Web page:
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If you’ve ever tuned into Animal Planet’s Puppy Bowl, which airs right before the Super Bowl, you know there is one man calling the puppy penalties on the field. Dan Schachner has served as Puppy Bowl “rufferree” for nearly a decade. In addition to hosting the game with the cutest players, Schachner is an avid volunteer and foster parent for The Sato Project, an organization dedicated to rescuing dogs deserted on the beaches of Puerto Rico and transporting them to their forever homes.

This summer, Orbitz and Dollar Car Rental helped Schachner embark on a rescue road trip to deliver Frankie, a three-month old puppy rescued by The Sato Project, to his new forever family in Massachusetts. So, it’s no wonder that Schachner knows a thing or two about traveling with your pet. Here, he answers our most asked road trip PETiquette questions and offers advice for anyone embarking on a road trip with their fur-ever friend.

RELATED: 7 Woof-worthy U.S. road trips


Photo courtesy of Dan Schachner

Orbitz: What should we pack in our pet travel bags?
Dan Schachner: While traveling, it’s important that pet owners carry the essentials: a crate, a bed, food, water, poop bags, vet records, seat cover to protect your car, chew toys, throw toys, pull toys, treats and medicine or supplements for anxiety.

ORB: How long is too long for our pets to stay in the car?
DS: Any time is too long to leave your pet in the car! Currently, half the states in this country have laws that make it illegal to leave a pet unattended in a vehicle. Remember, the inside of a car can heat up to 20 degrees higher than the outside temperature in just ten minutes. However, if you must leave your pet in your car, and your state allows it, leave your pet for five minutes tops, with the windows down, engine off and leave a sign with your phone number so any passers-by know how to contact you. My advice is to generally avoid it.

ORB: How frequently should we let our dogs stretch their legs?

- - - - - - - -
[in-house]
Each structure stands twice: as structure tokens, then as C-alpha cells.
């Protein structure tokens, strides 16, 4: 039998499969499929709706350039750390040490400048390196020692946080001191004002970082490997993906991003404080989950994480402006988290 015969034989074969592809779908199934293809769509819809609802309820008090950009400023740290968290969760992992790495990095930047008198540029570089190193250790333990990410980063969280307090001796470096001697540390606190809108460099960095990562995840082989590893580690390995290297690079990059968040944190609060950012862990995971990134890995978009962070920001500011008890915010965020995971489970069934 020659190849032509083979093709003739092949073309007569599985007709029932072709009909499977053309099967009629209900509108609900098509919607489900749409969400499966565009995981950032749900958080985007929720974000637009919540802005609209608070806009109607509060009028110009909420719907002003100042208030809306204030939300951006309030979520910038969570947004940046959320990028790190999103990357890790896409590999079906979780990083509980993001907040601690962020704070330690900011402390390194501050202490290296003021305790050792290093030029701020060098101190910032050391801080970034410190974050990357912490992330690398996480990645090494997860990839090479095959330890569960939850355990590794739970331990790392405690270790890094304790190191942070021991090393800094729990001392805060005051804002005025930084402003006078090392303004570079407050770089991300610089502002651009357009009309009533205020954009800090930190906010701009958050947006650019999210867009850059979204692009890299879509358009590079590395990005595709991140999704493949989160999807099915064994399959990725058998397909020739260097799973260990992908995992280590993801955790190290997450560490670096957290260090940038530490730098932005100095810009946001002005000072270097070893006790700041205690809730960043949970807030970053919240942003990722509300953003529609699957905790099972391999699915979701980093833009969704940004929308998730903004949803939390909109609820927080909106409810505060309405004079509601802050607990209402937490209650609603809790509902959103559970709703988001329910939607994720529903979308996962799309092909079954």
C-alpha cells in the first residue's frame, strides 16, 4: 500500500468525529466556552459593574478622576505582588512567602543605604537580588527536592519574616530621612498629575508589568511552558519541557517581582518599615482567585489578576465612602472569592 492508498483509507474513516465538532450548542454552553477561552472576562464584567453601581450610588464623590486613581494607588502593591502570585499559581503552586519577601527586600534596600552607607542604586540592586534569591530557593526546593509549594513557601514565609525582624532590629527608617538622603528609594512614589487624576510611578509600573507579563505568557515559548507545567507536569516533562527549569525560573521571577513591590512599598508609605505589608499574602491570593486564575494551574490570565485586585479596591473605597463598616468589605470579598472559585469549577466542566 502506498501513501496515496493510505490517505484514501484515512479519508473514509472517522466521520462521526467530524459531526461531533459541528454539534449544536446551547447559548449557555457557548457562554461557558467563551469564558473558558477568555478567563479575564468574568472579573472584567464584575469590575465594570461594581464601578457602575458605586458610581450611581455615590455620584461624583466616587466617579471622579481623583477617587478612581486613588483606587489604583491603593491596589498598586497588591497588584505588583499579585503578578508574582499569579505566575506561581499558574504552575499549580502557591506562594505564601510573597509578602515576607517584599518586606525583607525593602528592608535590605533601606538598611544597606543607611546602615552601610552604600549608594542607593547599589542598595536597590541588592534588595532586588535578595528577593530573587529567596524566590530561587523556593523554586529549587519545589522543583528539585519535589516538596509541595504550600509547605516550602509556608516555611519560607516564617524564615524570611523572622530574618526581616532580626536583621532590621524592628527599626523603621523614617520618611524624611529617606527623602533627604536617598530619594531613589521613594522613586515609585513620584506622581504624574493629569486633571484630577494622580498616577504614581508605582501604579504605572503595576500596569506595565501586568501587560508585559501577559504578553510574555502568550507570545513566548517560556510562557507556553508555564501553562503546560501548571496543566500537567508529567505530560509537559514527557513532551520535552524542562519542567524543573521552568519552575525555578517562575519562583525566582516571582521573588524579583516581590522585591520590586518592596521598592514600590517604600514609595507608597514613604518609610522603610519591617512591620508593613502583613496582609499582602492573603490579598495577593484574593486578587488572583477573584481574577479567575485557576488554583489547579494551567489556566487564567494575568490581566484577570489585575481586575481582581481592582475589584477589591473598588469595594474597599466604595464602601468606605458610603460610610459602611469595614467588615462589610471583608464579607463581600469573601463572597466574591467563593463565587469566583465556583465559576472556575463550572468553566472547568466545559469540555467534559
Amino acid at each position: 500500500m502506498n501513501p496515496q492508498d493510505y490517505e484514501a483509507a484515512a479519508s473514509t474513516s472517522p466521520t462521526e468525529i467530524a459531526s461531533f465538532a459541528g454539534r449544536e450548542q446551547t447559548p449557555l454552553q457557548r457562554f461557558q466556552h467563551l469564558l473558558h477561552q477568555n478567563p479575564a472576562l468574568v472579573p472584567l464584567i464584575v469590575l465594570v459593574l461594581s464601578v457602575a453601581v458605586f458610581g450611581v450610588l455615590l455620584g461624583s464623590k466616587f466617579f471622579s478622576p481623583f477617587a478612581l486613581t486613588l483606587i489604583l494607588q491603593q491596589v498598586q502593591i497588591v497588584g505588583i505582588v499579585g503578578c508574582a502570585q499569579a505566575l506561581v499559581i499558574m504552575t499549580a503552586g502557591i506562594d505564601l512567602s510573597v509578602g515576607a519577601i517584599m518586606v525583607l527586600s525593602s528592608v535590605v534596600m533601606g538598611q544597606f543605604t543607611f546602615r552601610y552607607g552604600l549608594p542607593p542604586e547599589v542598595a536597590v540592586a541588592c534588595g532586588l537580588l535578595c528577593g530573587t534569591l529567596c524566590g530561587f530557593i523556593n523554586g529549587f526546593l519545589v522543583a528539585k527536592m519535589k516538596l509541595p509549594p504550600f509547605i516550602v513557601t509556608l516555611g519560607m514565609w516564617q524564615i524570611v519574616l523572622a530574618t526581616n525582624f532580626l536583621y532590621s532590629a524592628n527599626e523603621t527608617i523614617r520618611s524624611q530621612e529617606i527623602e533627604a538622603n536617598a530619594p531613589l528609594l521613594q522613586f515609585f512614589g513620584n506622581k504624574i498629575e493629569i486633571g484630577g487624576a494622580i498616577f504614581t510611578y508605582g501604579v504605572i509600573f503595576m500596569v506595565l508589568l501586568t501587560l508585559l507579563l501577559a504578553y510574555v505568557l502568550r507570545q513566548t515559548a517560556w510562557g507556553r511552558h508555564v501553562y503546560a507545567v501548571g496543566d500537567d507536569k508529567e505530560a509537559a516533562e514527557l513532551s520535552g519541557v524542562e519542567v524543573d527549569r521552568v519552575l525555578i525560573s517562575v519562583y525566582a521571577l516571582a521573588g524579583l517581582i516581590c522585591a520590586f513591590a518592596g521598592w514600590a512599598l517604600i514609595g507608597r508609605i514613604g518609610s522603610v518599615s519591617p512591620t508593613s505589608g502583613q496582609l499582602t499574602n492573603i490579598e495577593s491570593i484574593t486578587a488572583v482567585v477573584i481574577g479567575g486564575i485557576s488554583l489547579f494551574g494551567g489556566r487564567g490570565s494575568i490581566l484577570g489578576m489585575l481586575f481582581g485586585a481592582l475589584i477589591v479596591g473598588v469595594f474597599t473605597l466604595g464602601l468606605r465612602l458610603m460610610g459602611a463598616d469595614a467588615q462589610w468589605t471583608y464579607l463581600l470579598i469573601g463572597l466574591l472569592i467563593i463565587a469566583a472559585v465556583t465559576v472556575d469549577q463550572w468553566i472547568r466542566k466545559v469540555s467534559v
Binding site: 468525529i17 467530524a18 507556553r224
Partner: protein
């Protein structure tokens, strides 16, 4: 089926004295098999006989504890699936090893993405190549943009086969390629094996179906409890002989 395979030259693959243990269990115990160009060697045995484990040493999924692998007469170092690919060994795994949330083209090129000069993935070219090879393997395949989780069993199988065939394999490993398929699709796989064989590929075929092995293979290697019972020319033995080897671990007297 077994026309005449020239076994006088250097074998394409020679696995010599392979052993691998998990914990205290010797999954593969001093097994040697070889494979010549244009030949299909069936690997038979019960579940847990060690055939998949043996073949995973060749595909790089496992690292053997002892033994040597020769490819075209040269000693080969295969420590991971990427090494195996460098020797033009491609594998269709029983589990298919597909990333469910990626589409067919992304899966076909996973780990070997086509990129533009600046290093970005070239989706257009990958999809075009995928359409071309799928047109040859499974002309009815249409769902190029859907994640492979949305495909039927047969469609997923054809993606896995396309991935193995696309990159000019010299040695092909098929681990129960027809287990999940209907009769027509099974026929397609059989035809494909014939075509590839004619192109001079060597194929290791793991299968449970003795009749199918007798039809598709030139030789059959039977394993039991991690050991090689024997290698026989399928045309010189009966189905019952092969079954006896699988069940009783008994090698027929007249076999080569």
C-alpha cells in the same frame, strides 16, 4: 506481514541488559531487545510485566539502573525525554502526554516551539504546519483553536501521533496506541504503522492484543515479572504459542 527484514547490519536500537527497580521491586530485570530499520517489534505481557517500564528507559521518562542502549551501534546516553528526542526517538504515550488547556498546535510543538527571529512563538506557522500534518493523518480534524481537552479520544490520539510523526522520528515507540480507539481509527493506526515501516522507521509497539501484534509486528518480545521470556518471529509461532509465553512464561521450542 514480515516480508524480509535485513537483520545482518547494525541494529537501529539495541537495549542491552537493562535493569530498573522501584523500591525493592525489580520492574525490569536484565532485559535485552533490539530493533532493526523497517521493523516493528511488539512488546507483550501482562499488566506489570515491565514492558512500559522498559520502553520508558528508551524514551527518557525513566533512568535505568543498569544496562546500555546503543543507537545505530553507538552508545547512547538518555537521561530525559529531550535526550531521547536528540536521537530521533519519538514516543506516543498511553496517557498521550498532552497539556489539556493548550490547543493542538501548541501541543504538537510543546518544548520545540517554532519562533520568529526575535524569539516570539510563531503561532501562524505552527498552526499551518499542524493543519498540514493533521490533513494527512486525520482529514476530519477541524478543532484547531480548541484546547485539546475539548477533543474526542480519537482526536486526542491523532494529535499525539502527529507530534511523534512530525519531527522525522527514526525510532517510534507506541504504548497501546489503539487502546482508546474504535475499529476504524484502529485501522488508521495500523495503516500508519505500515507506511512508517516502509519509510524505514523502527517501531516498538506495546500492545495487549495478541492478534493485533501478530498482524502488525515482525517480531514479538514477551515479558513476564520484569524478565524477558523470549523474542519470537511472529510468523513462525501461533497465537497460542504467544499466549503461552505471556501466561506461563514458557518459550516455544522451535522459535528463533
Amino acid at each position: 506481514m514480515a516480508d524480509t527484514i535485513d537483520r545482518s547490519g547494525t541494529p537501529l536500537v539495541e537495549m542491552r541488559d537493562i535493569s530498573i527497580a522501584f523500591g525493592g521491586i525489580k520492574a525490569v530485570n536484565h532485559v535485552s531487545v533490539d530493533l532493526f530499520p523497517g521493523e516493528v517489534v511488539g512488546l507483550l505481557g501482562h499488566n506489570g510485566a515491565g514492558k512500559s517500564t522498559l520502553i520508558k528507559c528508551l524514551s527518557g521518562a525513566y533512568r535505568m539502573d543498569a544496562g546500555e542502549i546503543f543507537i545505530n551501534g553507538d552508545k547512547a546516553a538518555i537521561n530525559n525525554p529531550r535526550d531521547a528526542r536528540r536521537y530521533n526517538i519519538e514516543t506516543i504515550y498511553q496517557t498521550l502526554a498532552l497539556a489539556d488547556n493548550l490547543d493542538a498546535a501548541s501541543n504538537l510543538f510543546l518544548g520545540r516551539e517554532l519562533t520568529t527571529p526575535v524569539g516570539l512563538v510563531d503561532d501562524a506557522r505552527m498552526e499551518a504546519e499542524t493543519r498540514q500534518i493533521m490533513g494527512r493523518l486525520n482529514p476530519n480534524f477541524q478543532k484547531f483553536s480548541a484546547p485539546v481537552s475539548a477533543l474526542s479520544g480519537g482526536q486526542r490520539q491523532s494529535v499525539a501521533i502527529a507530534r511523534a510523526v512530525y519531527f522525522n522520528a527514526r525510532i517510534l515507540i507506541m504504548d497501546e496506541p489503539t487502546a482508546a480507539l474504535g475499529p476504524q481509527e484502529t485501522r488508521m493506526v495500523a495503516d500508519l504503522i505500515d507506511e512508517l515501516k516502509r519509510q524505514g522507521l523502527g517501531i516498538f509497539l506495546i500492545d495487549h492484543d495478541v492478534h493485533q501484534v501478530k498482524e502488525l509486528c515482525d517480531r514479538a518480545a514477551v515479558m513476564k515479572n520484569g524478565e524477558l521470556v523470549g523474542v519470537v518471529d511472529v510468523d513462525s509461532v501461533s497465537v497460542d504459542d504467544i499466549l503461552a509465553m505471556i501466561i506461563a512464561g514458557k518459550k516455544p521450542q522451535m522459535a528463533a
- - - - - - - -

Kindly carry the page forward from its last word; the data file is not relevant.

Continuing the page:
DS: I do not go more than two hours in the car without a break for my dog. Some dogs, especially older or less active ones, can go longer. In general, and since I usually have puppies who need to pee a lot, two hours is perfect.

ORB: What routes are the best for active dogs? Are there routes that are more suitable for passive pups?
Schachner: Any route with off-leash parks, hiking trails or open play areas are all good for active dogs. More passive dogs might enjoy an urban adventure with dog-friendly hotels and minimal walking.

ORB: Are there some states or places that are generally more pet-friendly than others?
: From experience, I can point to Rhode Island, Massachusetts, Washington State, California and Virginia as very dog-friendly states. They all have ample pet resources and strict laws regarding animal welfare. I do not believe there are dog “un-friendly” states, just ones that may be a degree or two less friendly than the rest.

ORB: When and what should we feed our dogs on a road trip to avoid car sickness or accidents?
: Feed him at least three hours before the trip, and make sure he relieves himself ahead of time in order to avoid any smells or accidents while on the road. Talk to your vet about medications like Dramamine, which can prevent car sickness. Holistic remedies, like ginger and mint scents, are also helpful in preventing car sickness.

ORB: Any tips or tricks on how to keep dogs entertained during long or short trips?
: Toys, toys, toys! Favorite ones, new ones—whatever works! Also turn off the AC and roll the windows down. The fresh air and scenery should entertain the dog for a while.

ORB: Is it important to bring our pet’s vet and adoption papers with us while traveling across state lines? Do you suggest pet insurance?
Schachner: Absolutely bring vet paperwork; you never know if you will need it. As for pet insurance, that depends on your budget and needs. It can range between $40-$100 per month.

ORB: What is the safest place for our pets to ride while we drive?
DS: The safest place for your dog to ride is in a crate with a dog seat belt and harness combo. If that is not possible, then in the back seat with an appropriate harness. Never let a dog sit in the front seat.

ORB: Is it safe to let our dogs have their heads out the window?
DS: No! Dogs love the wind in their hair, but only roll down the windows halfway and keep them restrained so that they cannot stretch their heads outside the window. Debris or wind in their eyes can cause conjunctivitis, as well as other injuries.

ORB: What should I be on the lookout for when booking a hotel for me and my dog?
DS: Online travel sites like Orbitz offer dog-friendly search filters for travelers. In fact, Orbitz has seen searches double for pet-friendly hotels just this year. I always recommend calling the hotel in advance, too, to confirm any questions and see what amenities they can provide for your pet. Also ask about noise levels at the hotel. If it is too busy or loud, your pet may become anxious.

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